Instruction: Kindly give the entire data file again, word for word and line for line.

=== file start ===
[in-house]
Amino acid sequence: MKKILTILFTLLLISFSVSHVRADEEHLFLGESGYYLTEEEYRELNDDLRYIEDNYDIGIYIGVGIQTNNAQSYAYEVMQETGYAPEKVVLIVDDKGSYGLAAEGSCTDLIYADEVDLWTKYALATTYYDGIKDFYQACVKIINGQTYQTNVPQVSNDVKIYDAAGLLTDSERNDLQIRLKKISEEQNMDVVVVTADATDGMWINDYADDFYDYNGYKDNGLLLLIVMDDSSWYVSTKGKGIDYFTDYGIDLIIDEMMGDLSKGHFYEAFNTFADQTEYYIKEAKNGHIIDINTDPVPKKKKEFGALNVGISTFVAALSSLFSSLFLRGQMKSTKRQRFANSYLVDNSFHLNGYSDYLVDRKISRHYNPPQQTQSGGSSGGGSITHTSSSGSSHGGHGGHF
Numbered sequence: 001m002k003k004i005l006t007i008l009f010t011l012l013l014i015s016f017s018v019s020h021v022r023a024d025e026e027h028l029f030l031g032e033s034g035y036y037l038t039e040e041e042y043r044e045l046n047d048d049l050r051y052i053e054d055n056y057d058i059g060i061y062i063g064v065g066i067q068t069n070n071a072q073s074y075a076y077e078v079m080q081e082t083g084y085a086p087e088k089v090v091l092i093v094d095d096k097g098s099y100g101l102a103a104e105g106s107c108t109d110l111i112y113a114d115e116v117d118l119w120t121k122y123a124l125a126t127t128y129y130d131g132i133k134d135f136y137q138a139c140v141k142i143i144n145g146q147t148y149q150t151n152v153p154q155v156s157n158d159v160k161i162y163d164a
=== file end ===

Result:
[in-house]
Amino acid sequence: MKKILTILFTLLLISFSVSHVRADEEHLFLGESGYYLTEEEYRELNDDLRYIEDNYDIGIYIGVGIQTNNAQSYAYEVMQETGYAPEKVVLIVDDKGSYGLAAEGSCTDLIYADEVDLWTKYALATTYYDGIKDFYQACVKIINGQTYQTNVPQVSNDVKIYDAAGLLTDSERNDLQIRLKKISEEQNMDVVVVTADATDGMWINDYADDFYDYNGYKDNGLLLLIVMDDSSWYVSTKGKGIDYFTDYGIDLIIDEMMGDLSKGHFYEAFNTFADQTEYYIKEAKNGHIIDINTDPVPKKKKEFGALNVGISTFVAALSSLFSSLFLRGQMKSTKRQRFANSYLVDNSFHLNGYSDYLVDRKISRHYNPPQQTQSGGSSGGGSITHTSSSGSSHGGHGGHF
Numbered sequence: 001m002k003k004i005l006t007i008l009f010t011l012l013l014i015s016f017s018v019s020h021v022r023a024d025e026e027h028l029f030l031g032e033s034g035y036y037l038t039e040e041e042y043r044e045l046n047d048d049l050r051y052i053e054d055n056y057d058i059g060i061y062i063g064v065g066i067q068t069n070n071a072q073s074y075a076y077e078v079m080q081e082t083g084y085a086p087e088k089v090v091l092i093v094d095d096k097g098s099y100g101l102a103a104e105g106s107c108t109d110l111i112y113a114d115e116v117d118l119w120t121k122y123a124l125a126t127t128y129y130d131g132i133k134d135f136y137q138a139c140v141k142i143i144n145g146q147t148y149q150t151n152v153p154q155v156s157n158d159v160k161i162y163d164a